The Supreme Court of India’s recent decision to dismiss a petition seeking the establishment of a regulatory framework for cryptocurrency trading has sparked significant discussion in the financial and legal communities. The petition, filed by a former director of a motion picture company who is currently in custody for alleged crypto fraud, was rejected on the grounds that it was a legislative matter beyond the court’s jurisdiction. This decision highlights the judiciary’s recognition of its limits in creating laws, especially in complex and emerging areas like cryptocurrency. In this article, I will analyze the implications of this decision and the challenges and opportunities for crypto regulation in India.
The petitioner, Manu Prashant Wig, was accused by the Economic Offence Wing (EOW) of the Delhi Police in 2020 of deceiving investors with promises of high returns from crypto investments. The case against Wig gained momentum as 133 investors reported being victims of the scheme. Seeking relief, Wig filed a Public Interest Litigation (PIL) for crypto trading regulations in India, which the Supreme Court eventually rejected.
During the hearing, the Supreme Court advised Wig to seek legal remedies through appropriate channels, specifically for bail. Consequently, the court highlighted its inability to issue directives under Article 32 of the Constitution for such legislative matters. Article 32 empowers the Supreme Court to issue writs for the enforcement of fundamental rights, but it does not authorize the court to make laws or policies. The court also noted that the government was already working on a regulatory framework for cryptocurrencies, informed by recommendations from the International Monetary Fund (IMF) and the Financial Stability Board (FSB).
The Supreme Court’s decision to reject the PIL signifies a clear demarcation between judicial and legislative responsibilities. Moreover, it reflects the complexities and challenges in regulating emerging technologies like cryptocurrencies. As India moves closer to formulating a comprehensive crypto regulatory framework, this decision reinforces the need for legislative action to address the growing concerns and interests in the crypto market. The outcome of these developments is keenly awaited by investors, legal experts, and the crypto community alike, as it will shape the future of cryptocurrency trading in India.
Cryptocurrencies are digital or virtual currencies that use cryptography to secure and verify transactions and to control the creation of new units. They operate on decentralized networks that are not controlled by any central authority or intermediary. Some of the most popular cryptocurrencies include Bitcoin, Ethereum, Ripple, and Litecoin.
Cryptocurrencies offer several advantages, such as faster and cheaper cross-border payments, greater financial inclusion, enhanced privacy and security, and lower transaction costs. They also pose several risks, such as volatility, cyberattacks, fraud, money laundering, tax evasion, and regulatory uncertainty.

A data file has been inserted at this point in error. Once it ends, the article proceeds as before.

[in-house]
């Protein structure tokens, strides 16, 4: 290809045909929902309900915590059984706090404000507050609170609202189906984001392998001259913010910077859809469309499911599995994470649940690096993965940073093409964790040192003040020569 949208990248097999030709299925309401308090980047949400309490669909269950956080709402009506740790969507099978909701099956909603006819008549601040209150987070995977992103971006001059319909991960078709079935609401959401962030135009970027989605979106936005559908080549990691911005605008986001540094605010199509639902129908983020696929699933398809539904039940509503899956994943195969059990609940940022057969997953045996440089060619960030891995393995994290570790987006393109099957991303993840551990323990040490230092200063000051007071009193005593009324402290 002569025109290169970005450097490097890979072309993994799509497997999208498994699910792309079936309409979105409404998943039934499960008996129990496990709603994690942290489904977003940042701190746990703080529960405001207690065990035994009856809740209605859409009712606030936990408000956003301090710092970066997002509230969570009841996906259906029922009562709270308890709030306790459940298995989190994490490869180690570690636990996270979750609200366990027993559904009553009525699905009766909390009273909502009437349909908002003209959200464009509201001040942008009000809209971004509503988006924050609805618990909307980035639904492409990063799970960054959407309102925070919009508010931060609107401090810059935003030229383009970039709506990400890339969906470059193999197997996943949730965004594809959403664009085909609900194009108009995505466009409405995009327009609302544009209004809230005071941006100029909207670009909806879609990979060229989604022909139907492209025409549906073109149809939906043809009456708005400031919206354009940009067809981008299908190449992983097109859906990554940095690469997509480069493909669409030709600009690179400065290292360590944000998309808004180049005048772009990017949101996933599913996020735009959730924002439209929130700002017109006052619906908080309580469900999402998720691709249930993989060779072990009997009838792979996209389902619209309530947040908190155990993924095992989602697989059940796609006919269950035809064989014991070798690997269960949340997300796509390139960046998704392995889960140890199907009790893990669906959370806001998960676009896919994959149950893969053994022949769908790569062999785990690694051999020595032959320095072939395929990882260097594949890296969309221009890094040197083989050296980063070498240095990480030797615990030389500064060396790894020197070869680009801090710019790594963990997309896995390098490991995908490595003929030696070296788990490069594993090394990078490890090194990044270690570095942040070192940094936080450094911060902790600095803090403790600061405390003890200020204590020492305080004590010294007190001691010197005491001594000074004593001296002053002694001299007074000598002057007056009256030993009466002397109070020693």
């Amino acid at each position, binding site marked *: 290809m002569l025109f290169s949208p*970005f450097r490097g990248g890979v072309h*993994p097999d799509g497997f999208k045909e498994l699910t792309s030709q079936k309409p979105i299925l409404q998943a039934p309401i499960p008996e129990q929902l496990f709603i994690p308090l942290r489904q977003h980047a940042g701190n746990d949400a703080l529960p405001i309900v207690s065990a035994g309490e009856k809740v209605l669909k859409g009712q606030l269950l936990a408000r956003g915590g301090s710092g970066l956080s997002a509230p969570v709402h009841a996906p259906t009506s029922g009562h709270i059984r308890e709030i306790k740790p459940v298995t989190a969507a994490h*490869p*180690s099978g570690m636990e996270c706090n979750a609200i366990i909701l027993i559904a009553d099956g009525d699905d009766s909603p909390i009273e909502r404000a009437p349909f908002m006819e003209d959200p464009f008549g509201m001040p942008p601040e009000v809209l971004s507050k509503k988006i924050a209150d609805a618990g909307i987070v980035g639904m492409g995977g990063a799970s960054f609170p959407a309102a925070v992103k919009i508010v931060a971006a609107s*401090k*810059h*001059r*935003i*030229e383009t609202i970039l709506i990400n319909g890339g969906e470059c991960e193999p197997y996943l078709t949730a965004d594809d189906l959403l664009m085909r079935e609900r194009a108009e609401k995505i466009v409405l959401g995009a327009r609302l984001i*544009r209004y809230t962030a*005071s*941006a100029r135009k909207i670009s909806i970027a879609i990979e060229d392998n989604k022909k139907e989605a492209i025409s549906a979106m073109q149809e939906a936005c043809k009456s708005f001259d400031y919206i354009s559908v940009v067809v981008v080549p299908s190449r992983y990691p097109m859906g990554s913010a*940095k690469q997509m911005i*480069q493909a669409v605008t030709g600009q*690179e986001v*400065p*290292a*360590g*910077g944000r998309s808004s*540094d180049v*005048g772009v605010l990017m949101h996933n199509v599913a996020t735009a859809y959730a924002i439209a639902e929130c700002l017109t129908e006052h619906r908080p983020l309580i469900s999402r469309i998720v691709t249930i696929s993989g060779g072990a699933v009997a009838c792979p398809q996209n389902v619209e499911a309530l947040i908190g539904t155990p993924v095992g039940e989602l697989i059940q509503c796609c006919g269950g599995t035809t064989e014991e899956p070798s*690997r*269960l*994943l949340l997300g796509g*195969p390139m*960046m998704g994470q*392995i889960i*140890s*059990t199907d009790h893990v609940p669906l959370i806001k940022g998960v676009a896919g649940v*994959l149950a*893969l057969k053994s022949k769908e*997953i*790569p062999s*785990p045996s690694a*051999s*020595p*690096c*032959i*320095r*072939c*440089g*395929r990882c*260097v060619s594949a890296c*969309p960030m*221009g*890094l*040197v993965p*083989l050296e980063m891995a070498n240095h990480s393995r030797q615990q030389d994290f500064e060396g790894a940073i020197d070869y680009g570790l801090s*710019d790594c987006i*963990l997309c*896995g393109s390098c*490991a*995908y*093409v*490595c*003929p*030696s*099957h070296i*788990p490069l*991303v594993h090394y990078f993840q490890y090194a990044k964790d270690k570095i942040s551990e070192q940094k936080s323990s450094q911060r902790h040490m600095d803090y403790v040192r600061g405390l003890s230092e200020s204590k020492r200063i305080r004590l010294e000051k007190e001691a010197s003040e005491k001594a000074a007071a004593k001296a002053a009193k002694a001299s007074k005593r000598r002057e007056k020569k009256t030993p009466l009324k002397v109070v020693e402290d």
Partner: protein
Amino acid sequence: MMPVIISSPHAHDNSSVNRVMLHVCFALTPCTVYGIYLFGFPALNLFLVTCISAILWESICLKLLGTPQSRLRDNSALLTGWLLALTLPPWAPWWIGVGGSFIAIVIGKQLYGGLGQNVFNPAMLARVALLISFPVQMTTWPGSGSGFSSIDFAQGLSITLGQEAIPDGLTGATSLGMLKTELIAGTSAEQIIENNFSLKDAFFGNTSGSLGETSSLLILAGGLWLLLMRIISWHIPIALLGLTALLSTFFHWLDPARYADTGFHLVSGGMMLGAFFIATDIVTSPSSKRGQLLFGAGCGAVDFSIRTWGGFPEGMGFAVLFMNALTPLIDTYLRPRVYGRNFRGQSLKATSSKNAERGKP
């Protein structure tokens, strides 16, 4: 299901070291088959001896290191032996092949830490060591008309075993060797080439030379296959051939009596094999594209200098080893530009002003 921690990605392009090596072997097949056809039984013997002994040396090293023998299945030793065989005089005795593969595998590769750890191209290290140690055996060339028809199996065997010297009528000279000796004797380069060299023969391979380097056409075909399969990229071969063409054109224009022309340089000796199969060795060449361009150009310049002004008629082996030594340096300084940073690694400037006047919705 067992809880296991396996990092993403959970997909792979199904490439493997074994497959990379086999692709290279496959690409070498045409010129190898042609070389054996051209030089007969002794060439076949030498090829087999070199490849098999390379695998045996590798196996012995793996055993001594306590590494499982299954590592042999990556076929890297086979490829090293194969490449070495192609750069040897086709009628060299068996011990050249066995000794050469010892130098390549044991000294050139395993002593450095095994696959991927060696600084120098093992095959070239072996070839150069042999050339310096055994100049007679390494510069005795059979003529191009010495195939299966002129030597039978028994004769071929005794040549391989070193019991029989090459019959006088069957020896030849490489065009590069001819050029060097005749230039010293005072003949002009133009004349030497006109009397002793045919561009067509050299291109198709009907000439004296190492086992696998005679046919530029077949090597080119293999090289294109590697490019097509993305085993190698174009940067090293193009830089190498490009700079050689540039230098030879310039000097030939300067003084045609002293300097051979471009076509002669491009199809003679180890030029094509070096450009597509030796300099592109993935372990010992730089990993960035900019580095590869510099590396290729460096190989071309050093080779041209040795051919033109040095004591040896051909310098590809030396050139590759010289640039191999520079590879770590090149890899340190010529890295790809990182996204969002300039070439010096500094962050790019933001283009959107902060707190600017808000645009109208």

India has a large and growing crypto market, with an estimated 15 million crypto users and over 350 crypto startups. However, the legal status of cryptocurrencies in India has been unclear and inconsistent. In 2013, the Reserve Bank of India (RBI) issued a cautionary advisory on the potential risks of dealing with virtual currencies. In 2017, the government set up an inter-ministerial committee to study the issues related to cryptocurrencies and propose a legal framework. In 2018, the RBI banned banks and other regulated entities from providing services to crypto businesses and individuals. In 2019, the committee submitted its report and draft bill, which recommended a complete ban on private cryptocurrencies and the creation of a digital rupee by the RBI. In 2020, the Supreme Court quashed the RBI’s ban, stating that it was disproportionate and violated the constitutional right to trade. In 2021, the government introduced the Cryptocurrency and Regulation of Official Digital Currency Bill, 2021, in the Parliament, which seeks to prohibit all private cryptocurrencies except for certain exceptions and to provide for the establishment of a digital currency by the RBI. However, the bill has not been passed yet and its details are not publicly available.
The lack of a clear and consistent legal framework for cryptocurrencies in India has created confusion and uncertainty among the stakeholders. The crypto industry has faced several challenges, such as a lack of access to banking services, regulatory hurdles, operational difficulties, and reputational damage. Crypto users have faced several risks, such as a lack of consumer protection, legal recourse, and tax clarity. The government has faced several dilemmas, such as balancing innovation and regulation, protecting national security and public interest, and aligning with global standards and best practices.